Just when we thought Volvo Group was positioning itself to buy Isuzu, the Swedish global truck and bus maker has stunned the industry  by forking out just over $AUD175million to buy the heavy truck making operations of Chinese auto maker JMC (Jiangling Motor Corporation).

AB Volvo revealed this week that it had struck the deal to  buy the heavy duty truck subsidiary of JMC, to give the Swede a manufacturing base in the world’s largest vehicle market enabling it to make trucks in China to not only give it entree to the Chinese market but also to other emerging markets through Asia with a lower cost production base.

The JMC acquisition includes a manufacturing site in China’s northern city of Taiyuan. Volvo said it aims to start production of its new heavy duty Volvo FH, Volvo FM and FMX trucks at the Chinese facility by the end of 2022.

Volvo says that within a few years the plant will have a planned annual production capacity of 15,000 trucks per annum, with the potential to increase capacity further.

The Company said  that the Volvo Truck brand has been active in China since 1934 adding that in 2020, more than 4,500 heavy-duty Volvo trucks  were imported and sold in China.  Volvo said that expanding its business operation in China  was in line with its long-term  strategy .

“We are committed to shaping the future of sustainable transport solutions, said Volvo Trucks president, Roger Alm.

“With our long-standing presence in China, we are growing our sales, and we are expanding our strong network of sales and service points together with our private dealer partners,” he said.

“Over the last couple of years, we have seen a fast development of the logistics markets and an increasing demand for our premium trucks and services and to meet the demand from Chinese transport operators, the time is right for us to establish a regional value chain with our own heavy-duty truck manufacturing in China,” he concluded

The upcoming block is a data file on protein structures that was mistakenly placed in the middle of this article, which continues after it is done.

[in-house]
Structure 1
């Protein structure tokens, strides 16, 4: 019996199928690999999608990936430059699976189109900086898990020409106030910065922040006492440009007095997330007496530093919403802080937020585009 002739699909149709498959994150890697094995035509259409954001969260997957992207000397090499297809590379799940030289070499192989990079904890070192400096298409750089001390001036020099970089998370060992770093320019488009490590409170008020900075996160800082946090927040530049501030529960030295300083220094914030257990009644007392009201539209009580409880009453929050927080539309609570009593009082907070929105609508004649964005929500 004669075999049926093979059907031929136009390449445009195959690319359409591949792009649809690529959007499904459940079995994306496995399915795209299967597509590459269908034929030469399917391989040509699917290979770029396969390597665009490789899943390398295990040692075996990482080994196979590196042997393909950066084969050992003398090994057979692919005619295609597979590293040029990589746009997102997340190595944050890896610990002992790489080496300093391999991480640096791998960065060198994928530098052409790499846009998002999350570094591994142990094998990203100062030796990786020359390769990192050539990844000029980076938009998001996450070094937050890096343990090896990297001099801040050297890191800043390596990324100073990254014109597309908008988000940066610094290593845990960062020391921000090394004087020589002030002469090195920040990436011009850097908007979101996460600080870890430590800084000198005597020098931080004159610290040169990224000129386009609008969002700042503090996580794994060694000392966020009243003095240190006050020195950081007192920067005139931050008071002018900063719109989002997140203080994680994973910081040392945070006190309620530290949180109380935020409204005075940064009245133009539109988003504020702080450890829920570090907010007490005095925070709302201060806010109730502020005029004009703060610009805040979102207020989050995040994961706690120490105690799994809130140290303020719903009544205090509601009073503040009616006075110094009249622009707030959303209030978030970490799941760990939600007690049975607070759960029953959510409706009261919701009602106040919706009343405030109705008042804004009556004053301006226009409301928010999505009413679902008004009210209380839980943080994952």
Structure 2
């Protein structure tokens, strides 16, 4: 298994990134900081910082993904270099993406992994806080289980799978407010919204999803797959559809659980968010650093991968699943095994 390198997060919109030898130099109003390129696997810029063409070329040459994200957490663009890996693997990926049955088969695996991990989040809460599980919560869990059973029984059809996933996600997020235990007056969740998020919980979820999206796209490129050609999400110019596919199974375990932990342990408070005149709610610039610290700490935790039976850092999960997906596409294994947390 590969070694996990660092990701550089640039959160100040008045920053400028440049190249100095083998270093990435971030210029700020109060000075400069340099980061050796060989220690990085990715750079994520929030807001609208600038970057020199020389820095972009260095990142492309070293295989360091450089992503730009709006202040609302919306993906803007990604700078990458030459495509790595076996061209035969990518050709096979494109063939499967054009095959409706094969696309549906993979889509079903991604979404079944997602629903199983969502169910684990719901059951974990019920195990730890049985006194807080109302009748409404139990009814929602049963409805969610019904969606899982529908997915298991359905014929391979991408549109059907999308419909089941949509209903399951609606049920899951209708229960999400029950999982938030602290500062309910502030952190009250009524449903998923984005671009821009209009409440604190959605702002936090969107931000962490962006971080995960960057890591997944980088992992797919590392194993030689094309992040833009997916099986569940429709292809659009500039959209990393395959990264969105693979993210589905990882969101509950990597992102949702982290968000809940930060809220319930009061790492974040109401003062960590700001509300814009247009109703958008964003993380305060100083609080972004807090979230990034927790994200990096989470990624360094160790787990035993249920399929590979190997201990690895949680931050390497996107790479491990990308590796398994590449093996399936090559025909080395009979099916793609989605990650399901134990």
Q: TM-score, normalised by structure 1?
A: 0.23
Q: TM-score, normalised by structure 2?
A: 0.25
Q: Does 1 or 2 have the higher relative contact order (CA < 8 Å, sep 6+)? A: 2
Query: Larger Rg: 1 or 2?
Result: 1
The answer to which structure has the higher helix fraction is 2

The operations in Taiyuan will include stamping, welding, manufacturing of cabs, painting and the final assembly of Volvo trucks. After investment, within a few years, the plant will have the capacity to produce 15,000 Volvo trucks per year with the potential to increase the capacity further.

Chinese car maker Geely, which purchased the Volvo Car operation from Ford in 2010, is a shareholder in JMC and also in AB Volvo. Geely’s focus however is on the light vehicle operations where JMC makes Ford sourced vans, utes and  SUVs.

JMC did flirt with operations in Australia for a short time, opening an office in Sydney’s inner west based in a car sales yard on Parramatta Rd and sold a small number of JMC Utes, based on an older Ford Courier/Ranger model

Perhaps it is coincidence that Volvo has bought the Chinese brand  or perhaps it may be because of the fact that  Geely is also on the JMC share register along with Ford . The cross pollination in the automotive industry is making for a very complex and convoluted web that reveals a lot of strange bedfellows and unlikely alliances.

With the Chinese economy still on the rise  it is seen by global truck makers as an essential place to be. China’s booming e-commerce has driven a massive boom in transport logistics in the world’s most populous country and  major truck makers are planning truck production there to meet demand as Chinese authorities introduce increasingly tough safety and emission regulations the local truck makers will struggle to easily meet.

Volvo’s move follows Swedish rival Scania, one of VW Traton’s truck brands, and its moves in building its own production facility in China, while Daimler has established a joint venture with Foton which will see  the Mercedes Benz Actros built outside Beijing

While Volvo has bought a foothold in China, a move to buy Isuzu in the future could not be ruled out.  The purchase price for the JMC truck operation was only around five per cent of  the price it got for selling UD to Isuzu in 2019, meaning  the Swede is still cashed up and capable of  another significant corporate play.